A Disinflation Honeymoon

What is the amazing bull market telling us? Despite predictions of a much slower rise in equity prices for 1999, the Standard & Poor's 500 Index is up a hefty 10%, and the first quarter isn't even over. What ever happened to the Asia crisis? Where's the impact from weak earnings at some of the biggest high-tech companies? What's going on?

Disinflation. Thanks to falling prices, real personal income is taking a surprising turn--upward. Consumers find themselves with greater buying power and their spending is pumping up the economy. The consensus at the end of last year was that this would be a significantly weaker year for growth. Wrong, at least so far.

What's really surprising is how much falling prices are boosting the real purchasing power of consumers. Crude oil prices are down sharply, cutting the real cost of gasoline to historic lows. Taking inflation into account, gas is cheaper today than it was when cars had fins. It amounts to a whopping tax cut. Prices for computers are plunging as well. The sub-$1,000 personal computer is the fastest growing sector of the market, bringing the digital frontier to a bigger portion of the American population. And, thanks to globalization, prices for imported goods from Asia are sharply lower. Depreciating currencies against the dollar also are boosting the purchasing power of U.S. consumers.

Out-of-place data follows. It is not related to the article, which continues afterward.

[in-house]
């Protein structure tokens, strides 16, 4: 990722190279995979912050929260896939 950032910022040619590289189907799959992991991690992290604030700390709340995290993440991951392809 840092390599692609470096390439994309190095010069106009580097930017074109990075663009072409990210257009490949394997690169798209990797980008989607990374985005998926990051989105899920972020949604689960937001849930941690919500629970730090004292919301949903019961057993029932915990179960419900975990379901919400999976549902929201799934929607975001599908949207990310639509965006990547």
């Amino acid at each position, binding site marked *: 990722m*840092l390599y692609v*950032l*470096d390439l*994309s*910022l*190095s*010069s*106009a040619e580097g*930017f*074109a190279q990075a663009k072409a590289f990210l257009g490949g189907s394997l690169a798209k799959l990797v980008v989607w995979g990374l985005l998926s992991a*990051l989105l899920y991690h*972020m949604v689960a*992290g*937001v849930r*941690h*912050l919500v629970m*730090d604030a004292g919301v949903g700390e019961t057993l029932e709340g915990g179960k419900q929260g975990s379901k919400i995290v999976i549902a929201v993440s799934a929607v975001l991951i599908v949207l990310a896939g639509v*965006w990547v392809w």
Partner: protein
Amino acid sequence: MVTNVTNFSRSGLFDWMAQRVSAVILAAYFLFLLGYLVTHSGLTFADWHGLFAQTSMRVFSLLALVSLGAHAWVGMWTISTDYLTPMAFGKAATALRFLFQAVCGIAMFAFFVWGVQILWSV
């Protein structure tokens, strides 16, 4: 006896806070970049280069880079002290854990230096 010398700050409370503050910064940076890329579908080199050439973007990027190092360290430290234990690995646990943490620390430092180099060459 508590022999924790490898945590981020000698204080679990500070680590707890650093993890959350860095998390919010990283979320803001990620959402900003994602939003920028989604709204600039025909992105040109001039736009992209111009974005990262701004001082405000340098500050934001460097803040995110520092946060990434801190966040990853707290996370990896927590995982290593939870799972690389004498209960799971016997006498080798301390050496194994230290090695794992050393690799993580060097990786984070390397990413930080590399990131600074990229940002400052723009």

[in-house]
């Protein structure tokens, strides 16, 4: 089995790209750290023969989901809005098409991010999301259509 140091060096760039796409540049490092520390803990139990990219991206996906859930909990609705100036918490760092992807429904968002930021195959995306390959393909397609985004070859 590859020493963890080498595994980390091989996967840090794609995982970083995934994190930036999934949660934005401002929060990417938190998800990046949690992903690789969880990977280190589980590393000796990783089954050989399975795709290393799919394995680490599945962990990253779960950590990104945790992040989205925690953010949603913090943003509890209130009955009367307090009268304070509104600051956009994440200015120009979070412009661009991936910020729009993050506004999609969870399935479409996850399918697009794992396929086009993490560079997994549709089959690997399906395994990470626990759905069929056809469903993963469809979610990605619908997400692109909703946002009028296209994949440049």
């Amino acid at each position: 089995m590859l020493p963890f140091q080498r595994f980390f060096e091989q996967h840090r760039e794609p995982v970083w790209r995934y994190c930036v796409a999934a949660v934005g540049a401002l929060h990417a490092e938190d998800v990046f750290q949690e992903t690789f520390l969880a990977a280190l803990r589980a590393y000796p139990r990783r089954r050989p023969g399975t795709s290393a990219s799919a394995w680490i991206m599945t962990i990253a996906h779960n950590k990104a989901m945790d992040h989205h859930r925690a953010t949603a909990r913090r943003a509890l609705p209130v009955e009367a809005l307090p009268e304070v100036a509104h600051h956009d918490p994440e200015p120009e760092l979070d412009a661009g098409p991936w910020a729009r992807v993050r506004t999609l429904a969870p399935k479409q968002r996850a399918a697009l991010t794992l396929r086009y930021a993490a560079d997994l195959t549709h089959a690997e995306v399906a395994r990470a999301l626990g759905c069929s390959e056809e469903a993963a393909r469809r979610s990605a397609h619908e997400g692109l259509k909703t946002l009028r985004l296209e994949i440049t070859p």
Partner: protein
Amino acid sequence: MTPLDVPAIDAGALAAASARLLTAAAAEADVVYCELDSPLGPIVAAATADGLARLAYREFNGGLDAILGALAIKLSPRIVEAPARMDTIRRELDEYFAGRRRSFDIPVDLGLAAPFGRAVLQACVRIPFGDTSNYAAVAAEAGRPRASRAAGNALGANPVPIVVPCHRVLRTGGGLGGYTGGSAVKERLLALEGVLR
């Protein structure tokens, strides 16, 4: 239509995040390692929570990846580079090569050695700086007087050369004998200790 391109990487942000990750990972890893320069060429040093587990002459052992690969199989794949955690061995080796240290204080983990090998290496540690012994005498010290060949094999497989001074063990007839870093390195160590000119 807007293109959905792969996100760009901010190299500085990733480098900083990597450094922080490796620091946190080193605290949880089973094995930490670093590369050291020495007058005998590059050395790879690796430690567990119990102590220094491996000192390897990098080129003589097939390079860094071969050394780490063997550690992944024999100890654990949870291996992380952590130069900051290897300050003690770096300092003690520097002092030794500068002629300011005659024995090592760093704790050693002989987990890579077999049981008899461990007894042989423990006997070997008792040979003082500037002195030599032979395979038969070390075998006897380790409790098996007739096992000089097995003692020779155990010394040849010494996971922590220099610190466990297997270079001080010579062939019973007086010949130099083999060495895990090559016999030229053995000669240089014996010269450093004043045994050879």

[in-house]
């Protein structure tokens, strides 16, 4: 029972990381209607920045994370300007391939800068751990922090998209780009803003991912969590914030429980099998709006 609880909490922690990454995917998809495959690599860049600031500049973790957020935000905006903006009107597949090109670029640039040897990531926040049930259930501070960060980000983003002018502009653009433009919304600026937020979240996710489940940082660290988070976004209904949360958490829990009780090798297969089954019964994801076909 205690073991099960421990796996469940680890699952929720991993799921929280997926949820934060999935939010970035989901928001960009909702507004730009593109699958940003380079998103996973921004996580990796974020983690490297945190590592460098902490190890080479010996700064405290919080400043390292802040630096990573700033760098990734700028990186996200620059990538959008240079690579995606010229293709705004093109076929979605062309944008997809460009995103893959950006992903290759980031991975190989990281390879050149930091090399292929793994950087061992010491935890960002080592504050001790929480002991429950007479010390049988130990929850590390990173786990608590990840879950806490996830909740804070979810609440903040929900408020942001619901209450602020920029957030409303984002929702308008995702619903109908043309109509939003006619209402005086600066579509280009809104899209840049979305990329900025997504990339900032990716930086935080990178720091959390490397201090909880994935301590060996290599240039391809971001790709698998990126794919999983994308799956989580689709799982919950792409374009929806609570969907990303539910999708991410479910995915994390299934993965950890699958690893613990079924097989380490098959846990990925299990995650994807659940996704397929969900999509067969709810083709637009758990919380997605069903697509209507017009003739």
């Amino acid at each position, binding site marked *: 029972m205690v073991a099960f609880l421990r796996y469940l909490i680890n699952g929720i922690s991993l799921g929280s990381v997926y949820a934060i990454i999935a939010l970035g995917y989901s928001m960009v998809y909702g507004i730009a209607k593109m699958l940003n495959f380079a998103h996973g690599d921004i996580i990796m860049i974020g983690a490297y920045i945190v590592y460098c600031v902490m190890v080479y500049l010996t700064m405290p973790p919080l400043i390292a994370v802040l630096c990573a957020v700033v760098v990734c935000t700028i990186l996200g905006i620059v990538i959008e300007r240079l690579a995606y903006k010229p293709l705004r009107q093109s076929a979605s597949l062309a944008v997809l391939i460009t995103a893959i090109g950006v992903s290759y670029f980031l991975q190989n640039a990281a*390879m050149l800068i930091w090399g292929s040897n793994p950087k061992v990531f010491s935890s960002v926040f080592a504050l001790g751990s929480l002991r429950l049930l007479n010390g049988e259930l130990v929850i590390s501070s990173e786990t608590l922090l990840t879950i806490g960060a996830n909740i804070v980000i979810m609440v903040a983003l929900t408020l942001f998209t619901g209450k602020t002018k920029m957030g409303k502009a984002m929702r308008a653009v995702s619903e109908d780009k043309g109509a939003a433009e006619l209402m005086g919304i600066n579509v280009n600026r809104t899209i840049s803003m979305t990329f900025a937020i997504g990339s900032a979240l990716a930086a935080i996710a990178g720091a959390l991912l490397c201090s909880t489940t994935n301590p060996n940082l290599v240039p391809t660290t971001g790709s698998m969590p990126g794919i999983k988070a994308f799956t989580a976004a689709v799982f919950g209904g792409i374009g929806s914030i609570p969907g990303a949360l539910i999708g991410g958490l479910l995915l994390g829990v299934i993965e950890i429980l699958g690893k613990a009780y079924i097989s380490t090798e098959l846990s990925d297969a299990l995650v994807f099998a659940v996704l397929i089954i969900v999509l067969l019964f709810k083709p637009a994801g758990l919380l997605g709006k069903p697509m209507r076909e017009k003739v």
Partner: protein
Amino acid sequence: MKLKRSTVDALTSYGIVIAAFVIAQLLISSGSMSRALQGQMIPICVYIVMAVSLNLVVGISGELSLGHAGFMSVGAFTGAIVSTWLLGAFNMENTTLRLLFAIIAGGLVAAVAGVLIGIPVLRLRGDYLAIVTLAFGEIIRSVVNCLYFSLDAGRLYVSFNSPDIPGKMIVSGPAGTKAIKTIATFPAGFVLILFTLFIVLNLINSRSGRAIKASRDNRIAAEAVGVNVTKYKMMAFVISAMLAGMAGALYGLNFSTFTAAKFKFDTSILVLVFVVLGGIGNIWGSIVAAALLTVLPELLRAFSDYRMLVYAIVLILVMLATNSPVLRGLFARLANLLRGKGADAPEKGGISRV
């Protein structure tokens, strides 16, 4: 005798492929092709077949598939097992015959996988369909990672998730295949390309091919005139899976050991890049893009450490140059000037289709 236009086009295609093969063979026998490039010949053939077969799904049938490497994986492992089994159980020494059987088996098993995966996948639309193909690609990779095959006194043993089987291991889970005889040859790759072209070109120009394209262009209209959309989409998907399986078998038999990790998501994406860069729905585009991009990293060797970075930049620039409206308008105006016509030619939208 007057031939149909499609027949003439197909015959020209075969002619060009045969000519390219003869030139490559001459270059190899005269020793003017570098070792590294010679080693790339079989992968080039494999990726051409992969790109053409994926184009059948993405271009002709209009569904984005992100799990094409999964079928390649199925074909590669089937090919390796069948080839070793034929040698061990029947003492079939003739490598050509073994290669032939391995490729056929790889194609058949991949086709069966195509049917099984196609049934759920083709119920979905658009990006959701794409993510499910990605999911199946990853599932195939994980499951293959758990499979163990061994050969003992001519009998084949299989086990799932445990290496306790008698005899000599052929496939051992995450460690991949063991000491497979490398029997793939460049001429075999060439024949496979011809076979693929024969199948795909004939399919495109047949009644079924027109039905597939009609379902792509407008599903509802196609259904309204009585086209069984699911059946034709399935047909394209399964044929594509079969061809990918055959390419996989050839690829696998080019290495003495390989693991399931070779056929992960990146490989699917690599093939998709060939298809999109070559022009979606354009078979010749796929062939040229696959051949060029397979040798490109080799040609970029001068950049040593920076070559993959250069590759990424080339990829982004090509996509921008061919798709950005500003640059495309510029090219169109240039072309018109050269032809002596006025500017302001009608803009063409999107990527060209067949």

The risk is that price declines get out of hand, and deflation takes hold. A deflationary spiral is crippling Japan, where falling prices are cutting corporate revenues, causing layoffs and drops in income and consumption. But that is just a cloud on the horizon of the strong U.S. economy. For the moment, the stock market is telling people to invest and enjoy.

Before it's here, it's on the Bloomberg Terminal.